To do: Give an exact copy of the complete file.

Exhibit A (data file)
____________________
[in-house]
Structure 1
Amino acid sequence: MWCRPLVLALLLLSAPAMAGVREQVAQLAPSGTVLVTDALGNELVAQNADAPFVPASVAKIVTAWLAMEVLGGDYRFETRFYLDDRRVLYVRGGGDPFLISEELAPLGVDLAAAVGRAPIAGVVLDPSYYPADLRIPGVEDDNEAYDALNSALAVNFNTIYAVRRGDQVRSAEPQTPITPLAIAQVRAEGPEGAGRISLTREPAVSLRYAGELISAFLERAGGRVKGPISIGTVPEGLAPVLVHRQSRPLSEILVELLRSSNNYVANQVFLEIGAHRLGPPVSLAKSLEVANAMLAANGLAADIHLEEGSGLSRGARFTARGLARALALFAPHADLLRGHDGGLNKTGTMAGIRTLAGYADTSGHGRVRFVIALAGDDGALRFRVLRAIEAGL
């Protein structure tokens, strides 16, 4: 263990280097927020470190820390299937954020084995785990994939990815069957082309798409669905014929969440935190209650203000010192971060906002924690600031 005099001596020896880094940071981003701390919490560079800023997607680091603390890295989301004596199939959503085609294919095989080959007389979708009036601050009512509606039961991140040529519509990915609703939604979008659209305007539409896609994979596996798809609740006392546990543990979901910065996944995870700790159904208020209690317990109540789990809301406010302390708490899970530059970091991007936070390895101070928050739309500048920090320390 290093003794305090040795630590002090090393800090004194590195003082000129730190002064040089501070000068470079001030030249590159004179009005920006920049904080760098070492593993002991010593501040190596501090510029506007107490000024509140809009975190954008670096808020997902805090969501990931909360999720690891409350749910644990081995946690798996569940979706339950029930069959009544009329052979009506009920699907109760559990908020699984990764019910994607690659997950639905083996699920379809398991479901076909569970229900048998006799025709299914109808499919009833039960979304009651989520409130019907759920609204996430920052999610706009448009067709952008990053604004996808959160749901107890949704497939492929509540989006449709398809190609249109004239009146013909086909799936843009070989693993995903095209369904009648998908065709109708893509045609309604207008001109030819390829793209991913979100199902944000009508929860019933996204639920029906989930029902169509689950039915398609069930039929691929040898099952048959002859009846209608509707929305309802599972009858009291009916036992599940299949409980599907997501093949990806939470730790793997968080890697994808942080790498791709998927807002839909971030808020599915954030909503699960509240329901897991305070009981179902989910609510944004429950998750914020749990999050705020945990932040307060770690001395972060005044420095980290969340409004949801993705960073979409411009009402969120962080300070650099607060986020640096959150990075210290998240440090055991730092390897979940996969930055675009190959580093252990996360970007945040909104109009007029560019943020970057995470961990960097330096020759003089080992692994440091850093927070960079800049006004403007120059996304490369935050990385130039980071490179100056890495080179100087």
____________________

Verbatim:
[in-house]
Structure 1
Amino acid sequence: MWCRPLVLALLLLSAPAMAGVREQVAQLAPSGTVLVTDALGNELVAQNADAPFVPASVAKIVTAWLAMEVLGGDYRFETRFYLDDRRVLYVRGGGDPFLISEELAPLGVDLAAAVGRAPIAGVVLDPSYYPADLRIPGVEDDNEAYDALNSALAVNFNTIYAVRRGDQVRSAEPQTPITPLAIAQVRAEGPEGAGRISLTREPAVSLRYAGELISAFLERAGGRVKGPISIGTVPEGLAPVLVHRQSRPLSEILVELLRSSNNYVANQVFLEIGAHRLGPPVSLAKSLEVANAMLAANGLAADIHLEEGSGLSRGARFTARGLARALALFAPHADLLRGHDGGLNKTGTMAGIRTLAGYADTSGHGRVRFVIALAGDDGALRFRVLRAIEAGL
């Protein structure tokens, strides 16, 4: 263990280097927020470190820390299937954020084995785990994939990815069957082309798409669905014929969440935190209650203000010192971060906002924690600031 005099001596020896880094940071981003701390919490560079800023997607680091603390890295989301004596199939959503085609294919095989080959007389979708009036601050009512509606039961991140040529519509990915609703939604979008659209305007539409896609994979596996798809609740006392546990543990979901910065996944995870700790159904208020209690317990109540789990809301406010302390708490899970530059970091991007936070390895101070928050739309500048920090320390 290093003794305090040795630590002090090393800090004194590195003082000129730190002064040089501070000068470079001030030249590159004179009005920006920049904080760098070492593993002991010593501040190596501090510029506007107490000024509140809009975190954008670096808020997902805090969501990931909360999720690891409350749910644990081995946690798996569940979706339950029930069959009544009329052979009506009920699907109760559990908020699984990764019910994607690659997950639905083996699920379809398991479901076909569970229900048998006799025709299914109808499919009833039960979304009651989520409130019907759920609204996430920052999610706009448009067709952008990053604004996808959160749901107890949704497939492929509540989006449709398809190609249109004239009146013909086909799936843009070989693993995903095209369904009648998908065709109708893509045609309604207008001109030819390829793209991913979100199902944000009508929860019933996204639920029906989930029902169509689950039915398609069930039929691929040898099952048959002859009846209608509707929305309802599972009858009291009916036992599940299949409980599907997501093949990806939470730790793997968080890697994808942080790498791709998927807002839909971030808020599915954030909503699960509240329901897991305070009981179902989910609510944004429950998750914020749990999050705020945990932040307060770690001395972060005044420095980290969340409004949801993705960073979409411009009402969120962080300070650099607060986020640096959150990075210290998240440090055991730092390897979940996969930055675009190959580093252990996360970007945040909104109009007029560019943020970057995470961990960097330096020759003089080992692994440091850093927070960079800049006004403007120059996304490369935050990385130039980071490179100056890495080179100087």